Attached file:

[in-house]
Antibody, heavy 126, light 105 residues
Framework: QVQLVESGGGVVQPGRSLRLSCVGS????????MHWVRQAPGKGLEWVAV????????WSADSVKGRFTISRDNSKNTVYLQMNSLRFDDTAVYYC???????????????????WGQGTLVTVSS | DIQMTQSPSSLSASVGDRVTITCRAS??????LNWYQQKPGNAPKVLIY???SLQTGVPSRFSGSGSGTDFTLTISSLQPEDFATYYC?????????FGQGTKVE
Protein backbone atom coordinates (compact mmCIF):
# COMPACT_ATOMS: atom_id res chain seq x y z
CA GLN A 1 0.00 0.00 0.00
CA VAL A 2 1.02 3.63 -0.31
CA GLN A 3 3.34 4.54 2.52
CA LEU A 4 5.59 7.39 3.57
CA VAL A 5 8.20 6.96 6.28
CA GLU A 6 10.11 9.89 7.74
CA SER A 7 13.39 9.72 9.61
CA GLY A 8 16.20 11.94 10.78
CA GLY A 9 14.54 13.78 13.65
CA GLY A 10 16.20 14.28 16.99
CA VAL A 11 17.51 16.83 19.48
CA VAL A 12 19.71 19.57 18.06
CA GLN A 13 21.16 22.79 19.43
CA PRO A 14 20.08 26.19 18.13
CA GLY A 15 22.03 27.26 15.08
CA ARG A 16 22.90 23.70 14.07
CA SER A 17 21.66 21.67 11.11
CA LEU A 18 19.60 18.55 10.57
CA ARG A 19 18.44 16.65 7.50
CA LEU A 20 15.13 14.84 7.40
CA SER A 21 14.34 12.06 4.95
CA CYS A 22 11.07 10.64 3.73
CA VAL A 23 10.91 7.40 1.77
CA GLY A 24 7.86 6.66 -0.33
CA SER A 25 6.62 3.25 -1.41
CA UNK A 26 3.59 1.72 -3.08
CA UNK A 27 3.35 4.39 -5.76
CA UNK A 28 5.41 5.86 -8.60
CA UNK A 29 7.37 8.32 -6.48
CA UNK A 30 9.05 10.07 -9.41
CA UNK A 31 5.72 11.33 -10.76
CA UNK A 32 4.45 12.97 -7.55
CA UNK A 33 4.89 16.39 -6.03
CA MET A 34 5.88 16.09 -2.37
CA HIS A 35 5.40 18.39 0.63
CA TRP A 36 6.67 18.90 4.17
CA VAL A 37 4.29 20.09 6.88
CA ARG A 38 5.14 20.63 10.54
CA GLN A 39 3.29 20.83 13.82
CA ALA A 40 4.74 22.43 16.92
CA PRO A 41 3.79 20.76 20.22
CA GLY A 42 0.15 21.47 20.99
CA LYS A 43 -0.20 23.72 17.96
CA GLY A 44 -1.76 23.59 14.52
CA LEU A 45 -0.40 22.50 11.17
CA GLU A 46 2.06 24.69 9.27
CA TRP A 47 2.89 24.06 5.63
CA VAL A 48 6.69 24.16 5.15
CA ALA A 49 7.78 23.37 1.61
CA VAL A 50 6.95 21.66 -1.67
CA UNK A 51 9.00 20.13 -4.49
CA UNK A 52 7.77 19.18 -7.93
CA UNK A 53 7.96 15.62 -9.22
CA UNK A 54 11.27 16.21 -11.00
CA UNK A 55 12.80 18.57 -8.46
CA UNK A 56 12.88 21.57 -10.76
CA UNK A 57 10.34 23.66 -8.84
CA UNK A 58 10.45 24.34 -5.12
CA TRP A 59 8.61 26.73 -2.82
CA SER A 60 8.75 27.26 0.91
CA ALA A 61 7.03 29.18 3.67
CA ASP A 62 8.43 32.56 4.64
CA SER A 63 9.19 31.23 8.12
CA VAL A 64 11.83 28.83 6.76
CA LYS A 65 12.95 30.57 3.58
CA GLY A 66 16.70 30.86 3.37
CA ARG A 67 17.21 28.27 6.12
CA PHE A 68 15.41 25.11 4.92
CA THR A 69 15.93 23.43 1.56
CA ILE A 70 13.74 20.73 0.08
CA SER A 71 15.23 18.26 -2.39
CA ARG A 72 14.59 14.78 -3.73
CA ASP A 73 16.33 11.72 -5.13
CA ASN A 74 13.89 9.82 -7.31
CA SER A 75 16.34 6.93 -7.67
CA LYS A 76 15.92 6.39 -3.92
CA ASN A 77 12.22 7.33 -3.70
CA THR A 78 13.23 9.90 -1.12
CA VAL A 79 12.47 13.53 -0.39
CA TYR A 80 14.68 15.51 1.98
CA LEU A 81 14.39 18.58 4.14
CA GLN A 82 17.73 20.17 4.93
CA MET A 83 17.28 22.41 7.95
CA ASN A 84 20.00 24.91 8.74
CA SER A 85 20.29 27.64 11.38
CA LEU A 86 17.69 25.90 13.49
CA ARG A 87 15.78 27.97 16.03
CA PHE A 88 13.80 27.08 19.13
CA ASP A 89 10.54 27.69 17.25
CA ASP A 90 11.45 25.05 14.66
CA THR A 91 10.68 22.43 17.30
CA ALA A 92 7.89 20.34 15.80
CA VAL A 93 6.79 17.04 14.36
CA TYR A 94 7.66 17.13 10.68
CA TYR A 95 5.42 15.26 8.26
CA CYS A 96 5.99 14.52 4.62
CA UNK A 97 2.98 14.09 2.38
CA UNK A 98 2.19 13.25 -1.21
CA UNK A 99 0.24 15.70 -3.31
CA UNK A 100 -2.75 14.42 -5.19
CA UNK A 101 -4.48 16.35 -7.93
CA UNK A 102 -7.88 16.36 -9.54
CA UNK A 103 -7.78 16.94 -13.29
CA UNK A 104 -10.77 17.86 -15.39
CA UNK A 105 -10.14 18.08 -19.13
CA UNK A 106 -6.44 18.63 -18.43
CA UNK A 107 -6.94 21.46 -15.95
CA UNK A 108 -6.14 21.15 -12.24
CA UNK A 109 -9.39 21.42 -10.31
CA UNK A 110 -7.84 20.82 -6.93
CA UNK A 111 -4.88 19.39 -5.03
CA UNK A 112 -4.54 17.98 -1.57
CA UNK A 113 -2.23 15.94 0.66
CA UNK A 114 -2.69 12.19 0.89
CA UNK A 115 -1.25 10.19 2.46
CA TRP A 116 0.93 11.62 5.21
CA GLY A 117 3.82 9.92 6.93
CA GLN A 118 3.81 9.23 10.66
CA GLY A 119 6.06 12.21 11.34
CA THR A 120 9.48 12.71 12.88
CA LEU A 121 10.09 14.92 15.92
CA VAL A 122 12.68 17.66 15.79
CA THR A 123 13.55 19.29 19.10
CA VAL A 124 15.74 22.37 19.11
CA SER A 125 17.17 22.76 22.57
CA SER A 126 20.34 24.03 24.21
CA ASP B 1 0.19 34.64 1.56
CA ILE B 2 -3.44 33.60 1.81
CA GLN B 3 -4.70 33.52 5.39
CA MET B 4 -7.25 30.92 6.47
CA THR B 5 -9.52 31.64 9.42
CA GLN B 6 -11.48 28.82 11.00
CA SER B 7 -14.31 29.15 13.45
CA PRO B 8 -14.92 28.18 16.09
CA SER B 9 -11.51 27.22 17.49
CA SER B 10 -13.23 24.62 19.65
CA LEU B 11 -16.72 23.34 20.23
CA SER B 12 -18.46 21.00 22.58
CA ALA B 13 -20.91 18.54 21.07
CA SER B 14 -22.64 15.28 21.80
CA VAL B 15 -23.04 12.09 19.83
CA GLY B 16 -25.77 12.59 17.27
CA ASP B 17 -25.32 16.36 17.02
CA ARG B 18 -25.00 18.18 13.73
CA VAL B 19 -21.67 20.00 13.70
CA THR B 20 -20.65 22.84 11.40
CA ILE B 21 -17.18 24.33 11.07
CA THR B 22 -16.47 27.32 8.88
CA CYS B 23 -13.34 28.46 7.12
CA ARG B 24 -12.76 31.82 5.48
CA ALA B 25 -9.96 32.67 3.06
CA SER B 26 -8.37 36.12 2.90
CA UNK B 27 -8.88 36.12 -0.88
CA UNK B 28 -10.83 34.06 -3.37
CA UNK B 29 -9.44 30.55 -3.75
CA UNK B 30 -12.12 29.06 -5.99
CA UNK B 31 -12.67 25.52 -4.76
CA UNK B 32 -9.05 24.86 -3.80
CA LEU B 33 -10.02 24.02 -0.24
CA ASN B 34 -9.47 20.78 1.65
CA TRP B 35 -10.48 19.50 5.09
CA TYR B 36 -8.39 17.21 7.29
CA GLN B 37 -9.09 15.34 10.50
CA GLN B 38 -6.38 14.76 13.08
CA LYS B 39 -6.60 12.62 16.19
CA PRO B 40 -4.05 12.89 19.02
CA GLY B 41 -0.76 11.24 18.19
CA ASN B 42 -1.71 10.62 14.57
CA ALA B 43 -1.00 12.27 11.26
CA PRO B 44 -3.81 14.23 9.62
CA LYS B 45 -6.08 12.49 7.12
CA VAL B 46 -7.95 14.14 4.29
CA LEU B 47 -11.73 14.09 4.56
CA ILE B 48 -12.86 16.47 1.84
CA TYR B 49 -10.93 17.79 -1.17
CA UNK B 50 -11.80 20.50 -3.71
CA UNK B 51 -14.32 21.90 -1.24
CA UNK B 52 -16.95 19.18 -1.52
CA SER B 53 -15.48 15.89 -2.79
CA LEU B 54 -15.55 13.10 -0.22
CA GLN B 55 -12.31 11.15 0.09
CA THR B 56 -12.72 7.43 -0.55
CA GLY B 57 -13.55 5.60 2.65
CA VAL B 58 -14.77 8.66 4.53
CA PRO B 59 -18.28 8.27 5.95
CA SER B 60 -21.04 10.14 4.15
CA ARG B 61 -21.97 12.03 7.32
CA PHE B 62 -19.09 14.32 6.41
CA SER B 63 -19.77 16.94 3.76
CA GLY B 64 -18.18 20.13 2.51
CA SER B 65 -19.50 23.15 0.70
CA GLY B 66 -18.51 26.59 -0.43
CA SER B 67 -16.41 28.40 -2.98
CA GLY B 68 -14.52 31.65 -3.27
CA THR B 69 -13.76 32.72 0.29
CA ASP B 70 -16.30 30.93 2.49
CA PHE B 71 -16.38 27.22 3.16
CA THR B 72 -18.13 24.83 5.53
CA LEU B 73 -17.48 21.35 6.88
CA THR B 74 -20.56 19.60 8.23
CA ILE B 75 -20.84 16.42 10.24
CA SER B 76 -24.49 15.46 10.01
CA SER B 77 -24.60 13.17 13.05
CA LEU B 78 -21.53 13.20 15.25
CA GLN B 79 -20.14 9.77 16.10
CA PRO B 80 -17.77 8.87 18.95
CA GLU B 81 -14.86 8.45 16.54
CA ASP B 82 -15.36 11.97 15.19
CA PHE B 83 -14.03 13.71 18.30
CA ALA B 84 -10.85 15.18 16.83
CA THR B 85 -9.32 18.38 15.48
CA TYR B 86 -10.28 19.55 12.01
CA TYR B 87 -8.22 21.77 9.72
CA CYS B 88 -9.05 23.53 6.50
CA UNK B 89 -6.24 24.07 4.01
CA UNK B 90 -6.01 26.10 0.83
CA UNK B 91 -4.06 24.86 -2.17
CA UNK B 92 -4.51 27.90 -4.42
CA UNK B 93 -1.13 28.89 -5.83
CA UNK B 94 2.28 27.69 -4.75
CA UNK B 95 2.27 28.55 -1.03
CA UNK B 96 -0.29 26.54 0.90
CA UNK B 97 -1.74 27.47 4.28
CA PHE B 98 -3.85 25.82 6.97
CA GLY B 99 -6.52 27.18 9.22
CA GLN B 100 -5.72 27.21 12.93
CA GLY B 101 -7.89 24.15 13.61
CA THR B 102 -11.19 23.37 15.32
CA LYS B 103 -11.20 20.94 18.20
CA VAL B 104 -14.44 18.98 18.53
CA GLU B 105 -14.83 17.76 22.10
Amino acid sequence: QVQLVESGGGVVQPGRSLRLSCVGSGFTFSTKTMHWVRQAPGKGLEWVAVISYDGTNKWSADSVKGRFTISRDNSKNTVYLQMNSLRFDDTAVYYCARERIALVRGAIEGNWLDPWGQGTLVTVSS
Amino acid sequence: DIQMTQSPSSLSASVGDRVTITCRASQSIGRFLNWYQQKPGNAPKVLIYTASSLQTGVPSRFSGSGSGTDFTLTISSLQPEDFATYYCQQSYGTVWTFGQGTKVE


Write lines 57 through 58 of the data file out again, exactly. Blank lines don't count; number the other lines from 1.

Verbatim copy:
CA UNK A 52 7.77 19.18 -7.93
CA UNK A 53 7.96 15.62 -9.22